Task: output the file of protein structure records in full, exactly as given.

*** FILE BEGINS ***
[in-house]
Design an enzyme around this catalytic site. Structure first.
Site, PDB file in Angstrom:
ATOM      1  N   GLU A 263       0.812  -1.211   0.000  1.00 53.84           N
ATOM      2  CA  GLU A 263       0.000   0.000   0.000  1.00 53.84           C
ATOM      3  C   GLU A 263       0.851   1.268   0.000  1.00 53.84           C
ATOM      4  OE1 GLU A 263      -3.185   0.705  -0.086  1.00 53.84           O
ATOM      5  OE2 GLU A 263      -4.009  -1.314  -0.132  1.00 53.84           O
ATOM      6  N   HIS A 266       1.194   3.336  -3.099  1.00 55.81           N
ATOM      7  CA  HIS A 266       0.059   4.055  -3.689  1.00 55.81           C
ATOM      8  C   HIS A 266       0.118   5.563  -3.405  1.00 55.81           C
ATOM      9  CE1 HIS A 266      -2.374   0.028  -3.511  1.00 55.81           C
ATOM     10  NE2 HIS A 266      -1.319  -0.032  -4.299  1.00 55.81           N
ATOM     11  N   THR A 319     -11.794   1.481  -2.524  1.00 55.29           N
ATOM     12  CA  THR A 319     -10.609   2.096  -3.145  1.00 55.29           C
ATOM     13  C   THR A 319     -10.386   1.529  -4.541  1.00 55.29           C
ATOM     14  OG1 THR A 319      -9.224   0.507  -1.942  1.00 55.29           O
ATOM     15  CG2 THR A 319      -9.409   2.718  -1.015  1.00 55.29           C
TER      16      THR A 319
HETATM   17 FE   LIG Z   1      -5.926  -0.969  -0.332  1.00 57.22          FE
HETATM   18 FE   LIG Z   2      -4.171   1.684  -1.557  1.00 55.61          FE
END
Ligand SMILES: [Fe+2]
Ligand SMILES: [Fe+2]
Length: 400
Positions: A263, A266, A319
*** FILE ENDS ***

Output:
[in-house]
Design an enzyme around this catalytic site. Structure first.
Site, PDB file in Angstrom:
ATOM      1  N   GLU A 263       0.812  -1.211   0.000  1.00 53.84           N
ATOM      2  CA  GLU A 263       0.000   0.000   0.000  1.00 53.84           C
ATOM      3  C   GLU A 263       0.851   1.268   0.000  1.00 53.84           C
ATOM      4  OE1 GLU A 263      -3.185   0.705  -0.086  1.00 53.84           O
ATOM      5  OE2 GLU A 263      -4.009  -1.314  -0.132  1.00 53.84           O
ATOM      6  N   HIS A 266       1.194   3.336  -3.099  1.00 55.81           N
ATOM      7  CA  HIS A 266       0.059   4.055  -3.689  1.00 55.81           C
ATOM      8  C   HIS A 266       0.118   5.563  -3.405  1.00 55.81           C
ATOM      9  CE1 HIS A 266      -2.374   0.028  -3.511  1.00 55.81           C
ATOM     10  NE2 HIS A 266      -1.319  -0.032  -4.299  1.00 55.81           N
ATOM     11  N   THR A 319     -11.794   1.481  -2.524  1.00 55.29           N
ATOM     12  CA  THR A 319     -10.609   2.096  -3.145  1.00 55.29           C
ATOM     13  C   THR A 319     -10.386   1.529  -4.541  1.00 55.29           C
ATOM     14  OG1 THR A 319      -9.224   0.507  -1.942  1.00 55.29           O
ATOM     15  CG2 THR A 319      -9.409   2.718  -1.015  1.00 55.29           C
TER      16      THR A 319
HETATM   17 FE   LIG Z   1      -5.926  -0.969  -0.332  1.00 57.22          FE
HETATM   18 FE   LIG Z   2      -4.171   1.684  -1.557  1.00 55.61          FE
END
Ligand SMILES: [Fe+2]
Ligand SMILES: [Fe+2]
Length: 400
Positions: A263, A266, A319